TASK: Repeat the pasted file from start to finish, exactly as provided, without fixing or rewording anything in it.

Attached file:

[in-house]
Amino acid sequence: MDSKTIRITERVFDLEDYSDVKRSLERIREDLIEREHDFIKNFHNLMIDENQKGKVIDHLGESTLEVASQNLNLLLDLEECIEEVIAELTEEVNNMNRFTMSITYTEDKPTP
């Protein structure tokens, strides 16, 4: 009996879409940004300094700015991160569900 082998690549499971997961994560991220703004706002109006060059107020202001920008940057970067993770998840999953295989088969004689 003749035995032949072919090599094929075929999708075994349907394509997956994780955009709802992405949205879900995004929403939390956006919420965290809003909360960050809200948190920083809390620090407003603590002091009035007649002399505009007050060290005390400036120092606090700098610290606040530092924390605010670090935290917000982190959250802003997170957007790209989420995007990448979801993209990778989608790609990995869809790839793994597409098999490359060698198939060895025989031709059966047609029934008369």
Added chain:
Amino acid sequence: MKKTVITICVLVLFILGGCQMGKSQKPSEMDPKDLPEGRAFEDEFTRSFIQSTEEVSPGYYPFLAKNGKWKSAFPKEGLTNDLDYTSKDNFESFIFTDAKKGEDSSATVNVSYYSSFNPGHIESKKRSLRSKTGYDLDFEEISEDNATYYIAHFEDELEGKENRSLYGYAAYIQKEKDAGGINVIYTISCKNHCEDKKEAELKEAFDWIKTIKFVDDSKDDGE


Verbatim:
[in-house]
Amino acid sequence: MDSKTIRITERVFDLEDYSDVKRSLERIREDLIEREHDFIKNFHNLMIDENQKGKVIDHLGESTLEVASQNLNLLLDLEECIEEVIAELTEEVNNMNRFTMSITYTEDKPTP
């Protein structure tokens, strides 16, 4: 009996879409940004300094700015991160569900 082998690549499971997961994560991220703004706002109006060059107020202001920008940057970067993770998840999953295989088969004689 003749035995032949072919090599094929075929999708075994349907394509997956994780955009709802992405949205879900995004929403939390956006919420965290809003909360960050809200948190920083809390620090407003603590002091009035007649002399505009007050060290005390400036120092606090700098610290606040530092924390605010670090935290917000982190959250802003997170957007790209989420995007990448979801993209990778989608790609990995869809790839793994597409098999490359060698198939060895025989031709059966047609029934008369």
Added chain:
Amino acid sequence: MKKTVITICVLVLFILGGCQMGKSQKPSEMDPKDLPEGRAFEDEFTRSFIQSTEEVSPGYYPFLAKNGKWKSAFPKEGLTNDLDYTSKDNFESFIFTDAKKGEDSSATVNVSYYSSFNPGHIESKKRSLRSKTGYDLDFEEISEDNATYYIAHFEDELEGKENRSLYGYAAYIQKEKDAGGINVIYTISCKNHCEDKKEAELKEAFDWIKTIKFVDDSKDDGE